I remember Jared and I being stunned that he didn’t need any respiratory support.  He came out breathing completely on his own and never ended up needing any support, which we were so grateful for.  After a few minutes, they needed to take him down to the NICU.  We wanted to make sure one of us was always with him so Jared left to follow him.  I was in the OR by myself to finish the surgery (which actually took a lot longer than I thought it would).  This was a time I felt very alone.  I just wanted it to be over.  I wanted to be with my baby.  I remember feeling the strangest sensations, but I just tried to get my mind off of what I knew was going on.  A few days prior, my perinatologist had ordered some more extensive testing to see if I had preeclampsia, but I hadn’t gotten the results back before all this happened.  I remember the anesthesiologist telling the OB, “she is acting preeclamptic” when he was watching my vitals during the end of the c-section.  From what I understand, when you are given medication during a big surgery like this, your blood pressure typically drops and so they have to bring it back up, but I guess mine was staying high so he felt I did have preeclampsia.  They both agreed to treat me like I did have it moving forward in my postpartum care.  Once I was closed up, they moved from the operating table to a recovery bed.  I remember being wheeled out to the area where I was before (not a room) where there was one nurse at a station far away watching my vitals.  Because it was in the middle of the night at this point (probably about 4am) no one else was around.  Being a mama to now two preemies, wasn’t my first rodeo —I knew how vital it was to make sure I pumped within 30 minutes after birth for my supply.  I asked the nurse for my pump and was told it was coming, but I was alone at this point and I had no way of contacting Jared to grab it. The nurse wasn’t getting me the pump and I remember becoming pretty frustrated.  I felt so alone and isolated.  I had just gone through a major surgery, haven’t even held my baby yet, and no one was around.  Somehow, I eventually got my pump and started using it as fast as I could because it made me feel like I had a job and could help the situation.  Jared got to show me photos of our sweet baby boy from when they took him to the NICU.  I desperately wanted to go see him.  It felt like hours had passed and the nurse was following protocol by having me stay in this recovery area, but my mama instinct was coming out and I was getting quite angry they wouldn’t let me go down to the NICU.  They kept giving me reasons why I couldn’t but after a while I had Jared go over to the nurses station where the once nurse was, and basically demand that I go see Reed.  I had waited long enough and I know he needed me.

They wheeled me down to see him and he was sleeping in his isolette.  He was absolutely precious.  I wanted to hold him so badly, but when I asked, they said they only wanted to disrupt his sleep if I could have held him for over a certain amount of time, and since my health still needed to be watched closely, they needed me up in my room soon.  I was heartbroken and looking back I wish I would have just said “no, I will hold him.”  I’ve since learned in therapy that during these intense and traumatic experiences we are in fight or flight mode, and it is hard for our brains to think clearly, so I can’t beat myself up about it.  I also tend to not want to go against what medical professionals are saying.  Especially since I know in many ways my boys are here in this world safely because I listened to the medical professionals around me.  But after a few minutes, they wheeled me to my own room to get some rest, and Reed continued to sleep.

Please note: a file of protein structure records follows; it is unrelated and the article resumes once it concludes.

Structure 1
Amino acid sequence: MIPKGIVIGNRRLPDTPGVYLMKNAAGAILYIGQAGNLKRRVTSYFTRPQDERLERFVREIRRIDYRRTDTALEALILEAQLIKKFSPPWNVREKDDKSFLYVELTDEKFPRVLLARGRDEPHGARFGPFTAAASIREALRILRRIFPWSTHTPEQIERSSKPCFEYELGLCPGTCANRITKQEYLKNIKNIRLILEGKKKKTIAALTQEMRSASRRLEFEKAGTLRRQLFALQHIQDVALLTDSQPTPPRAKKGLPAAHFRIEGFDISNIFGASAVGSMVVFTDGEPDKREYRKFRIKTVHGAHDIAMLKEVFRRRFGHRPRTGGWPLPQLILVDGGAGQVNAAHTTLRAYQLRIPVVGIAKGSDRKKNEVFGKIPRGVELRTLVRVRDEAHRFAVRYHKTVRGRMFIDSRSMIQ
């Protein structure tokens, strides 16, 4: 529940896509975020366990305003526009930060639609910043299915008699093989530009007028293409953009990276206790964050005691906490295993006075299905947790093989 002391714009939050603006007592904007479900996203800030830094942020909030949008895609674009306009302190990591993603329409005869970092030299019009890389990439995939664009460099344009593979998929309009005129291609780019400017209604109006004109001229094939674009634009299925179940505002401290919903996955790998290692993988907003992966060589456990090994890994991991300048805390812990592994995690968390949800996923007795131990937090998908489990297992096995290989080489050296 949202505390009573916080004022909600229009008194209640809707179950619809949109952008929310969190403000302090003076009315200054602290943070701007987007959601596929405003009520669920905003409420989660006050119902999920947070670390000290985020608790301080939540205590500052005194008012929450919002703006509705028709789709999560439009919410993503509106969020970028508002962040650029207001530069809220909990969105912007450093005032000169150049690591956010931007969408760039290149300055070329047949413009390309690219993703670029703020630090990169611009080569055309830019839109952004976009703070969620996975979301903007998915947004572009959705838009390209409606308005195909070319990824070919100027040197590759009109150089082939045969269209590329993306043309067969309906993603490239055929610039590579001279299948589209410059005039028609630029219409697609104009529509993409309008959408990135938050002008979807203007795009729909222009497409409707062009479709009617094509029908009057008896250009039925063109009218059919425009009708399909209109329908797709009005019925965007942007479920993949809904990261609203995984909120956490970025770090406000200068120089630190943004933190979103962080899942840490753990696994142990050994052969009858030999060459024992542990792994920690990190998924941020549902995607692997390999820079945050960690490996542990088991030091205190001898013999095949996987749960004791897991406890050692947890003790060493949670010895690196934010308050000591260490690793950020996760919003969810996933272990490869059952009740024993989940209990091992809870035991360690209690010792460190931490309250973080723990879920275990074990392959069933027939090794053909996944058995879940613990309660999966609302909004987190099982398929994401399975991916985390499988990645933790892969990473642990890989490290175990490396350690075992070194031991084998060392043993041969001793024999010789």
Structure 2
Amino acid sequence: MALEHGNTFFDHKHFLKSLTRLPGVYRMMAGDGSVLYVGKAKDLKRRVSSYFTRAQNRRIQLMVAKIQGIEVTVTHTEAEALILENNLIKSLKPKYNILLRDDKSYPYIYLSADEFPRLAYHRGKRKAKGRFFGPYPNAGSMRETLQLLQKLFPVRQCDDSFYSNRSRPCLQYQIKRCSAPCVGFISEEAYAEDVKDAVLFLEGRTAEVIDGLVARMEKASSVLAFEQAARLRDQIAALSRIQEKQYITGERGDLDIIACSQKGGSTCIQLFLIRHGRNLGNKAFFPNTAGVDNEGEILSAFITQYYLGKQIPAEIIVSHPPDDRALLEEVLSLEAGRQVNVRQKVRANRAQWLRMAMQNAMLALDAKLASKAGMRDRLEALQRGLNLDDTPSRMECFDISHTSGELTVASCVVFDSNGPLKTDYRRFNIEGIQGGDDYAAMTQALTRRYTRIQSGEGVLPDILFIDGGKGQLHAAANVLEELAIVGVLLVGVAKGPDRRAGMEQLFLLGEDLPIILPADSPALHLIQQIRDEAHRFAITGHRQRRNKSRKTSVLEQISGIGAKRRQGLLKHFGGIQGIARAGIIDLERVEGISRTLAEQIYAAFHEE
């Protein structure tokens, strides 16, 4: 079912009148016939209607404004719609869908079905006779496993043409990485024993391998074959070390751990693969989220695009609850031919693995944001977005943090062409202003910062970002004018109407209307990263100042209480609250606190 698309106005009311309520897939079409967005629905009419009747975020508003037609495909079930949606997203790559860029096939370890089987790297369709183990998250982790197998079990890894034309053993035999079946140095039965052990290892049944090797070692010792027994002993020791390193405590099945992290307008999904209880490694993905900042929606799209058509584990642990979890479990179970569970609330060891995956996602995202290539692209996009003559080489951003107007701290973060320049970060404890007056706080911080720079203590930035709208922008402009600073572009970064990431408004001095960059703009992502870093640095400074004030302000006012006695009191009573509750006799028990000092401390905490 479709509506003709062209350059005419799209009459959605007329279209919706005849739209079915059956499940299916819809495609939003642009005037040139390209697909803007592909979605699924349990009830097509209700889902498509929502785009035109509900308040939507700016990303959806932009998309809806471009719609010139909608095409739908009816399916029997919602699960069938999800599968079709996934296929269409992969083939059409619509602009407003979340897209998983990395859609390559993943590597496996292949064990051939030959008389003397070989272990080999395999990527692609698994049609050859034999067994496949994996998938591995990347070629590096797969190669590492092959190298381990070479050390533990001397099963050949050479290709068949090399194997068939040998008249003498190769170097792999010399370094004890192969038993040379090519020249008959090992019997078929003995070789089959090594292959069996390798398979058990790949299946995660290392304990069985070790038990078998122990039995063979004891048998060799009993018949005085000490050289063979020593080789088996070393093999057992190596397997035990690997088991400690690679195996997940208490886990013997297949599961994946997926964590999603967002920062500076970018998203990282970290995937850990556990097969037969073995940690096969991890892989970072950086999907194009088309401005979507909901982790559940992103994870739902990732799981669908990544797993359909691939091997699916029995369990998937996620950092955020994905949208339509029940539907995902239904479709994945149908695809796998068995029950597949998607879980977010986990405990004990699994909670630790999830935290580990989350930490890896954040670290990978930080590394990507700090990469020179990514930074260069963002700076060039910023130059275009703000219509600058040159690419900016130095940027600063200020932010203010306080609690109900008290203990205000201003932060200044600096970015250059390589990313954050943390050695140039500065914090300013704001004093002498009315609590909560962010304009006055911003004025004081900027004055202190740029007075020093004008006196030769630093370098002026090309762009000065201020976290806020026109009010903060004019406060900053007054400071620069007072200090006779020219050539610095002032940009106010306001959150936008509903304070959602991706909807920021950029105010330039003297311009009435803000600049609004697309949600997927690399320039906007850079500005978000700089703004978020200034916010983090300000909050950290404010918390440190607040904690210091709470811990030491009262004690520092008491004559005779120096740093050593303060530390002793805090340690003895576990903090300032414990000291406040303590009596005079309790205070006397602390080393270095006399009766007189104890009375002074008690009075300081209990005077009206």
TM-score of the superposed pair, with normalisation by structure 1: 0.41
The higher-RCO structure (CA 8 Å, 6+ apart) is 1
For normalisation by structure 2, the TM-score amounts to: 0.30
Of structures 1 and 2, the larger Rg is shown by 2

I was able to Facetime Gatlin which brought me joy during this time I was separated from Reed.  Nurses were coming in often to check my vitals and to take my blood pressure.  It was definitely elevated which they were watching.  My heart kept wanting to go down to see Reed again.  Then I received some terrible news that was intensely triggering because of what had happened with Gatlin’s birth.  They wanted to put me on a magnesium drip for 24 hours because of the preeclampsia.  I was crushed.  I remember feeling like room was closing in on me.  This couldn’t be happening again.  This was one of the worst experiences I had with my previous birth.  Magnesium made me feel absolutely terrible.  Last time I was on it I was vomiting, felt super hot, would sweat profusely, had a massive headache, my eyes would sting plus I had blurry vision.   I do feel I have a high pain tolerance, but this was something that took me down.  Knowing I had to face this again was the last thing I wanted to hear.  I remember just breaking down in front of the nurse, even though I was embarrassed to be so emotional, it felt impossible to hold in.  I said to her, “but I will be able to take my IV and go down to the NICU right?” and she replied, “unfortunately no…you will have to stay in this room for 24 hours.”  That was it for me.  I lost it.  I needed to see my baby and now I wouldn’t be able to see him for another 24 hours, which felt like an eternity.  He needed me.  But my health was at risk too and I told myself I need to make sure I am healthy so I can be there for him in the long run.  Throughout all this, I was still pumping every two hours or so to try and get my milk to come in.  One sweet nurse came into my room and tried to see if she could get me down to the NICU to squeeze in one last visit before starting my magnesium IV drip.  I was on a strict schedule of checking my blood pressure.  Right before heading to the NICU she took it again.  She told me to take deep breaths and try to relax.  I could tell she really wanted me to be able to see Reed, which meant a lot.  But again, it was high.  I then started getting worried and they actually brought in seizure pads to put on my bed in case.  My gut was telling me, this was nothing to mess around with, and it was the first time I got a little scared for my own health.  I made the call to not go down to the NICU and to just start the magnesium so that I could be done as soon as possible.  The nurse came in and hooked me up.  I remembered the color of the medication, I remembered the initial feeling of it going into my bloodstream, the sensations of feeling like you immediately have a heater inside your body.  I became so nauseous, couldn’t even open my eyes.  They put a cold rag on my forehead and I just kept watching the clock, counting down each minute.  How was I supposed to do this for 24 hours.  How? When my tiny little baby needed me on the next floor.  Couldn’t they bring him up to my room?  Or wheel me down to be next to him?  But that wasn’t protocol, so I just kept going and pushing through.  The only way through is through.   I remember asking each doctor I came in contact with if I could be taken off it.  Finally, one doctor cleared me to come off and I was able to go see Reed and hold him for the first time.  My heart was so happy.